There's no avoiding it. Dogs can be extremely vigilant in their quest for something to nibble on -- a bone here, a shoe there, and even a plant or two. The problem is that there are many plants that are toxic to dogs; therefore, knowing what plants are poisonous to dogs can go a long way in preventing something tragic from happening and keeping your pet safe around the house.
What Plants are Poisonous to Dogs?
There are numerous plants that are poisonous to dogs. Because of this, it would be nearly impossible to go through and name each one (along with symptoms) in one brief article. Therefore, I've decided to split some of the most common toxic plants to dogs into three categories: those that are mildly poisonous, moderately poisonous, and severely toxic.
Plants Poisonous to Dogs with Mild Effects
While many plants can result in mild toxicity, these are some of the most common:
- Ivy, poinsettia, tansy, nettle, wisteria (seeds/pods), and iris can all result in mild to severe digestive upset.
- Buttercups (Ranunculus) contain juices that can severely irritate or even damage a dog's digestive system.
- Jack-in-the-pulpit can lead to intense burning and irritation of the mouth and tongue.
Plants Toxic to Dogs with Moderate Effects
- Numerous types of bulbs can moderately affect dogs. Those like hyacinth and daffodil bulbs can cause vomiting, diarrhea, and even death in large amounts.
- Crocus, lily-of-the-valley, and star of Bethlehem can result in vomiting, nervous excitement, irregular heartbeat, digestive upset, and confusion.
- Plants in the Aroid family (such as dumbcane) can cause intense mouth and throat irritation.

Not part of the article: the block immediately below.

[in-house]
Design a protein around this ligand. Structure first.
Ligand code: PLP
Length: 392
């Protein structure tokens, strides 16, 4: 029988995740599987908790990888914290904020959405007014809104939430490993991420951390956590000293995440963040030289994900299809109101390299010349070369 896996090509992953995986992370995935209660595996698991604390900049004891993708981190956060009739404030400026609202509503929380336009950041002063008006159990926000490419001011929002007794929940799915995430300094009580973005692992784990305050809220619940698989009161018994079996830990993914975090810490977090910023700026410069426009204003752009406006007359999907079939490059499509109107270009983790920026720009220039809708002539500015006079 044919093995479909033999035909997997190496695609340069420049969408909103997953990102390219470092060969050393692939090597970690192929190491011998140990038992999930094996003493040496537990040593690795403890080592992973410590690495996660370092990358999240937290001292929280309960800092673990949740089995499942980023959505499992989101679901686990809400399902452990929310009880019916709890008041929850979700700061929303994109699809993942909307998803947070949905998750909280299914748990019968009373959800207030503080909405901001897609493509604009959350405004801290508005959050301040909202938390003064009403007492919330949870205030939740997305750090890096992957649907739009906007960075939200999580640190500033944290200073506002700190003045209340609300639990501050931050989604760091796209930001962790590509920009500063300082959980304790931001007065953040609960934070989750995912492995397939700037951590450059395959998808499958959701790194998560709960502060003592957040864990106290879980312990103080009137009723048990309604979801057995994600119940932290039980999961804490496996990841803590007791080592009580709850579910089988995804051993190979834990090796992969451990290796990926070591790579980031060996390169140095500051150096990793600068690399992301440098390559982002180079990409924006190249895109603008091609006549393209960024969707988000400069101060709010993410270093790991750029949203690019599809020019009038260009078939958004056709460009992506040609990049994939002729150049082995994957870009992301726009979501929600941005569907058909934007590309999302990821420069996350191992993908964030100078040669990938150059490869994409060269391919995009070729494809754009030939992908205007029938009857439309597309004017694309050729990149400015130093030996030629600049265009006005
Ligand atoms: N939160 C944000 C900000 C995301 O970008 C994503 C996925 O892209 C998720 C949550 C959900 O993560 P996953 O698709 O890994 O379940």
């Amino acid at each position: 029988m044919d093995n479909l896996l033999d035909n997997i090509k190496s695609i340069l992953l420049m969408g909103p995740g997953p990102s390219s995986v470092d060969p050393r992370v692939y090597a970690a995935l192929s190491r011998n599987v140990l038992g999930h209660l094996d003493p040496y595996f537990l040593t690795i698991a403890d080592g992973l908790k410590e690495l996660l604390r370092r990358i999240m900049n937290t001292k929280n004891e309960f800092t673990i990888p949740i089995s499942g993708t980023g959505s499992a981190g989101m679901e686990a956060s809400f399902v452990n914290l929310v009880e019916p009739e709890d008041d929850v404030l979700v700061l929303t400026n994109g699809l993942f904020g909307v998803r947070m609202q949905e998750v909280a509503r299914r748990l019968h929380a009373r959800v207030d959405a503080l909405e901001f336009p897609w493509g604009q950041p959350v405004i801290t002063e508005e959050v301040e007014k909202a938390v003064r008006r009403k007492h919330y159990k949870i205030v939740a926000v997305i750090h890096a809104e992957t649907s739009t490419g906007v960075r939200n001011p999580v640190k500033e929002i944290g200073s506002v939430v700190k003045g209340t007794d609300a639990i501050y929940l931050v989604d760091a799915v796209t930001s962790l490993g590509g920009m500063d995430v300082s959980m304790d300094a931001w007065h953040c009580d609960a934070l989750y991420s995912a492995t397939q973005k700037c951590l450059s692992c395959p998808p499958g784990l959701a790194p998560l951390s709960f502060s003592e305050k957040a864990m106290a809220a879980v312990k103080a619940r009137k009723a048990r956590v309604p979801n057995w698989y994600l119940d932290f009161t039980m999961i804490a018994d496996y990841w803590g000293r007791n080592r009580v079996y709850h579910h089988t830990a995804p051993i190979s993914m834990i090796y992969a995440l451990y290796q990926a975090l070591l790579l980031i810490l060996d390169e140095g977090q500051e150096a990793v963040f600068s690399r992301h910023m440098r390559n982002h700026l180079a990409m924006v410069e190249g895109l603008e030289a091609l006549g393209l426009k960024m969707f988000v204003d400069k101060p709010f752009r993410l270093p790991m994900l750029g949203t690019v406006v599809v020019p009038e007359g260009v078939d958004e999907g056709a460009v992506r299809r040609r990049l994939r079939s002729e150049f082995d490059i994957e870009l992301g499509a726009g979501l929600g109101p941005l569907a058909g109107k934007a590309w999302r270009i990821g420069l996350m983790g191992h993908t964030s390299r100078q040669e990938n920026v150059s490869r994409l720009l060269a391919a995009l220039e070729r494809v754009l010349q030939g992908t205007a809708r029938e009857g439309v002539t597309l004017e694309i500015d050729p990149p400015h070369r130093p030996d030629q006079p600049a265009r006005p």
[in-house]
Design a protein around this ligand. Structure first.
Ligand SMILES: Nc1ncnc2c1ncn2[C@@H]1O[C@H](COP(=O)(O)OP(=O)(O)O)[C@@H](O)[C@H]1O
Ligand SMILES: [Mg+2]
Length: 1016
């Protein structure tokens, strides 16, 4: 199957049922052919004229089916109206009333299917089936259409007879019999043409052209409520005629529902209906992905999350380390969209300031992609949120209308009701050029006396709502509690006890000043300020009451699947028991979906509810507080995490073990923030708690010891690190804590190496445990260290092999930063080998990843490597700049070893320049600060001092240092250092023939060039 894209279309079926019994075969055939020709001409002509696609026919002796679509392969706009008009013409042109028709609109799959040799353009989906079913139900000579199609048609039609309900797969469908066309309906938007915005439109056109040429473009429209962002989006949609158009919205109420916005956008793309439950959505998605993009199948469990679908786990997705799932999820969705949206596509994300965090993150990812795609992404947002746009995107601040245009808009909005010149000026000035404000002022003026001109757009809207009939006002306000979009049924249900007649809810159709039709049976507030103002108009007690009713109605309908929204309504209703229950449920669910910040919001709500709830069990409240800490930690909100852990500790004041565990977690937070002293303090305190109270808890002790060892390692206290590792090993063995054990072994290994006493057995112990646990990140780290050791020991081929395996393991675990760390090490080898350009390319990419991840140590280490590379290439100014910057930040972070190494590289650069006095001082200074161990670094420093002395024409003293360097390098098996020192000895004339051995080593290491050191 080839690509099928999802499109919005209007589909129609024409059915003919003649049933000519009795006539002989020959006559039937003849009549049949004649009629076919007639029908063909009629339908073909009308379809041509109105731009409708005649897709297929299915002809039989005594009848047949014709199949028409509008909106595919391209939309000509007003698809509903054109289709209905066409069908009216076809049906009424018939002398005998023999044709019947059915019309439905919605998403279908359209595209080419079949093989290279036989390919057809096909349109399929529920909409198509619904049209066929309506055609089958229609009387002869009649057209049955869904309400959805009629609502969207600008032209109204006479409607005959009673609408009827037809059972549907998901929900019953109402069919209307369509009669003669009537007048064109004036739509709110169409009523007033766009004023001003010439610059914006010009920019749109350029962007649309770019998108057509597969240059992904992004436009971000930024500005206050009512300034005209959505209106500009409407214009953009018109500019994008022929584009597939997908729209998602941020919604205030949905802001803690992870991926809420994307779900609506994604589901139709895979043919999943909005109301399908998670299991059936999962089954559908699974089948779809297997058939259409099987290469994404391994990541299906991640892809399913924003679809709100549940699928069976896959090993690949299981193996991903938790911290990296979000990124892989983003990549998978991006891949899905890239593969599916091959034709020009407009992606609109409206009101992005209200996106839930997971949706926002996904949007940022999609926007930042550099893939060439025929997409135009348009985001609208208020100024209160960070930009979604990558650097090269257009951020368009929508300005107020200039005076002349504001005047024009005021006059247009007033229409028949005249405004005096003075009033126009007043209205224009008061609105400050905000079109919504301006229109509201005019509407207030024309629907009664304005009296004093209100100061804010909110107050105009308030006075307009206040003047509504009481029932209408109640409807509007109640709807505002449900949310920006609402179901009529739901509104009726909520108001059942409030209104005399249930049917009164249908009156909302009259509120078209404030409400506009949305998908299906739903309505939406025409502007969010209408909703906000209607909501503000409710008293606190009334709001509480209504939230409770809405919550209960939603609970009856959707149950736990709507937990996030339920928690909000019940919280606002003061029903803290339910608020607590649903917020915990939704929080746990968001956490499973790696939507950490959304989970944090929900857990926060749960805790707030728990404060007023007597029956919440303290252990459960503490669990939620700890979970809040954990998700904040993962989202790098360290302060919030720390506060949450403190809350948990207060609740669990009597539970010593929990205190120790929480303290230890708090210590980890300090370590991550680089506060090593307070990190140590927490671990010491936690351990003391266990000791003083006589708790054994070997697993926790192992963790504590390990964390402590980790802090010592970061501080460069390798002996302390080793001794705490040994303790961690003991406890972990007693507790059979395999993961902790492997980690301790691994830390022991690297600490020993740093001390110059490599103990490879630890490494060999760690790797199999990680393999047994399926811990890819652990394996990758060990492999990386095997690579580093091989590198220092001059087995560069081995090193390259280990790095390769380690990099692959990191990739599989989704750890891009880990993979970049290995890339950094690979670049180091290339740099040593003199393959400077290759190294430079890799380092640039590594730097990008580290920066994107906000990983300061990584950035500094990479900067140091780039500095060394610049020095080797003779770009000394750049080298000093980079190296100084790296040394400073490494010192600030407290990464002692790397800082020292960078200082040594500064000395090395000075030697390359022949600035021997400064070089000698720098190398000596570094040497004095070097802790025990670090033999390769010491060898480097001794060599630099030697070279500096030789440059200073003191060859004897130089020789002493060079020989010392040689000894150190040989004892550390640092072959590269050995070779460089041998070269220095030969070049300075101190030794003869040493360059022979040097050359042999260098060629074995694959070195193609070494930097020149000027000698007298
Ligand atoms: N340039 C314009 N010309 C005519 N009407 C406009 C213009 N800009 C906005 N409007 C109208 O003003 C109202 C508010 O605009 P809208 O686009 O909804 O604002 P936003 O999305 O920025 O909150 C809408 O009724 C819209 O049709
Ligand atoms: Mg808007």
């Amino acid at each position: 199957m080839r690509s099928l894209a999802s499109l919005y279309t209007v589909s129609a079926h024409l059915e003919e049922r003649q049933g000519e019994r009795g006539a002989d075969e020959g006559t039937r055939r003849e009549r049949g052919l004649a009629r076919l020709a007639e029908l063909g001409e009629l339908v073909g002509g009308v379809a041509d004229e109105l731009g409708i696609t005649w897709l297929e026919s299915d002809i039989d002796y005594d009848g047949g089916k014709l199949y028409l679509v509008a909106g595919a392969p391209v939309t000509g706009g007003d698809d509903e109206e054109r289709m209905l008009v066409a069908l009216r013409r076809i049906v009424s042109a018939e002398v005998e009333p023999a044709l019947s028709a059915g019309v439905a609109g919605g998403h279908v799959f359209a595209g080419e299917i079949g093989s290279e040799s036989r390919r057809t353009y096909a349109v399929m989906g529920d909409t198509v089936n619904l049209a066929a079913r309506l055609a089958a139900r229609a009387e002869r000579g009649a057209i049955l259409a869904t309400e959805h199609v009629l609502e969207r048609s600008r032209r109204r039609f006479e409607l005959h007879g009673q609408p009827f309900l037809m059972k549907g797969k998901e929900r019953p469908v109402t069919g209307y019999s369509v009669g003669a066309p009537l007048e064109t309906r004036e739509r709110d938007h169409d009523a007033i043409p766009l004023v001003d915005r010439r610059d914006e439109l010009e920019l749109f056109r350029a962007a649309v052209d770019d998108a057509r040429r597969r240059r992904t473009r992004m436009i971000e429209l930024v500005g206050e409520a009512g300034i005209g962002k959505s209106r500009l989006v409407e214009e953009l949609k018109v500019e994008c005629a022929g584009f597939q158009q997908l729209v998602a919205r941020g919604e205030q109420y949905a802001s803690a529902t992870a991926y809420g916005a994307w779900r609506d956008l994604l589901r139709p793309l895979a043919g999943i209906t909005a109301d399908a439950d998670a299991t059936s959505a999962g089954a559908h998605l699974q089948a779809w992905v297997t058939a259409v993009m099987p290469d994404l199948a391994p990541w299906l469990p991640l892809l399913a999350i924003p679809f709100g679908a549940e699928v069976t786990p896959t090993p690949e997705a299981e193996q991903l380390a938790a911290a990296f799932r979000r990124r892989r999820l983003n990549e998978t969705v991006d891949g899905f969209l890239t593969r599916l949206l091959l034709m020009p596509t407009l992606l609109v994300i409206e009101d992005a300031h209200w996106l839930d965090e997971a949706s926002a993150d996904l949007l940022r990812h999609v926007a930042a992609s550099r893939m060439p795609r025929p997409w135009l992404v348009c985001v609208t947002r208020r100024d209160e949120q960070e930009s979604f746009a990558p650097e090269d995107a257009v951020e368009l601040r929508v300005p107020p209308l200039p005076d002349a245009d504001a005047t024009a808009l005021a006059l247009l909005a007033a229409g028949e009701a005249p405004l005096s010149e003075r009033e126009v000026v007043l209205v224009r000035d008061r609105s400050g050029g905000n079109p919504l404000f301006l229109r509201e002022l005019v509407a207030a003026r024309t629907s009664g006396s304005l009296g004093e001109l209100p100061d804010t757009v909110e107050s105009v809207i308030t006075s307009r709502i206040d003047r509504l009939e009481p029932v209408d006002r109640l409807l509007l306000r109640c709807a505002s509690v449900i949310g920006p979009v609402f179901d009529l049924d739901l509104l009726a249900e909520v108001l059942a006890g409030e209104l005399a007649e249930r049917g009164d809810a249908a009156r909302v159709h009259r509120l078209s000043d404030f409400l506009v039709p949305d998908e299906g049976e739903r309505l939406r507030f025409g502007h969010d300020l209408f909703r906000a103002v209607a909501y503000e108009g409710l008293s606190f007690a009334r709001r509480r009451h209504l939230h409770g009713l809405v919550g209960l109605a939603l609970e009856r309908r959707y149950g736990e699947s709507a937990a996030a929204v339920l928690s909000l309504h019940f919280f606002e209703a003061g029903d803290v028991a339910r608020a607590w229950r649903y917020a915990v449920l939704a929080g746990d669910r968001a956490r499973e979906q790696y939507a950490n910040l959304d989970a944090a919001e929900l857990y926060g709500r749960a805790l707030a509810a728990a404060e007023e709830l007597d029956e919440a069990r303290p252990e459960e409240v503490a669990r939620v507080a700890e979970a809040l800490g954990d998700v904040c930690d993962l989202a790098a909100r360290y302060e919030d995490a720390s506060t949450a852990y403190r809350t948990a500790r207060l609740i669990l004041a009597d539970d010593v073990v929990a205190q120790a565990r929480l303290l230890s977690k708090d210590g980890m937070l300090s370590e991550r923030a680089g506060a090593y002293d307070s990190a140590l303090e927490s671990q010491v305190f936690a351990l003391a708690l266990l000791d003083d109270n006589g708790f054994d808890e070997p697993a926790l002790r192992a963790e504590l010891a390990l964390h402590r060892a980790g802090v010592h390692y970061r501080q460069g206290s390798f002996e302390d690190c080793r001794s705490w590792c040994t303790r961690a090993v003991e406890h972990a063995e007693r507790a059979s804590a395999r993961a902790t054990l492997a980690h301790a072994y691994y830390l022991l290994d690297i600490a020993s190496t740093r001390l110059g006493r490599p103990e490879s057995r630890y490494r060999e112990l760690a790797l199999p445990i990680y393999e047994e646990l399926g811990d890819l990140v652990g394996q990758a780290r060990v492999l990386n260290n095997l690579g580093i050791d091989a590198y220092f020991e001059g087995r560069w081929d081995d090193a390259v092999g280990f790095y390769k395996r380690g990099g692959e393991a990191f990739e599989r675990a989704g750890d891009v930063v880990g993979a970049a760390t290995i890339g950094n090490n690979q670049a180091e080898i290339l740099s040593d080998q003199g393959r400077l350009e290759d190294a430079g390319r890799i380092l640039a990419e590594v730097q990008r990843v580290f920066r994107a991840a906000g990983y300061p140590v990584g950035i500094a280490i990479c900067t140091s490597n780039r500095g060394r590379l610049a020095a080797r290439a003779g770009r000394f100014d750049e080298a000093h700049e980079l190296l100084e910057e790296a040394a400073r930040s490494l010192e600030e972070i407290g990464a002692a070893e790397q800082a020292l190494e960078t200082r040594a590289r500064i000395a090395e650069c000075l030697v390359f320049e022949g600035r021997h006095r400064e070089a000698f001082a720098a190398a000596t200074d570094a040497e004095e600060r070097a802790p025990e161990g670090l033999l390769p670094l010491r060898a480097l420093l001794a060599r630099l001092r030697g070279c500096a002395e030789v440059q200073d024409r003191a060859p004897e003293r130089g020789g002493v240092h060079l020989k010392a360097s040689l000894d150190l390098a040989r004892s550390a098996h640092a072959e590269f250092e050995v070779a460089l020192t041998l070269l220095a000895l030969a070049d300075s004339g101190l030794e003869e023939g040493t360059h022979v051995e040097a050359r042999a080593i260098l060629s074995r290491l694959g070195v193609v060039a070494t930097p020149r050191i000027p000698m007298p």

- Azalea and rhododendrons cause nausea, vomiting, depression, breathing difficulty, coma, and even death in severe cases.
- Larkspur (Delphinium) young plants and seeds lead to digestive upset, nervous excitement, and depression.
- Foxglove (Digitalis) in large amounts can cause irregular heartbeat, digestive upset, and mental confusion.
- Members of the Nightshade family, especially berries, can lead to intense digestive upset and nervous problems which can be fatal.
- All parts of hosta are toxic to dogs, and ingestion can lead to vomiting, diarrhea, and depression.
- Both leaves and acorns from oak trees can affect the kidneys while the bark and foliage of black locust trees cause nausea, weakness, and depression.
Severely Toxic Plants to Dogs
- Seeds and berries can be a major concern for dog owners. Rosary pea and castor bean seeds can quickly spell disaster for your pet, often leading to death. Both mistletoe and jasmine berries can cause digestive and nervous system failure, resulting in death. Yew berries (as well as foliage) can cause sudden death.
- Plants like poison and water hemlock can lead to violent, painful convulsions and death.
- Large amounts of raw or cooked rhubarb can also cause convulsions followed by coma and death.
- Jimsonweed leads to extreme thirst, delirium, incoherence, and coma.
- Both the twigs and foliage of cherry trees can be fatal to dogs if eaten as well.
- While all parts of the plant can be toxic, the leaves of sago palms can cause severe kidney and liver damage, even death, to dogs if ingested. Seeds are also severely toxic.
While symptoms may vary between dogs in addition to the amount and part of the plant ingested, you should take your dog to the vet immediately once any unusual behavior takes place, especially when you suspect they may have eaten a toxic plant (which you'll want to take with you to the vet as well). This was just a high-level look at plants poisonous to dogs. For a more complete listing of plants toxic to dogs, please visit: Cornell University: Poisonous Plants Affecting Dogs UC Davis School of Veterinary Medicine: Pets and Toxic Plants
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Nikki Tilley has been gardening for nearly three decades. The former Senior Editor and Archivist of Gardening Know How, Nikki has also authored six gardening books.
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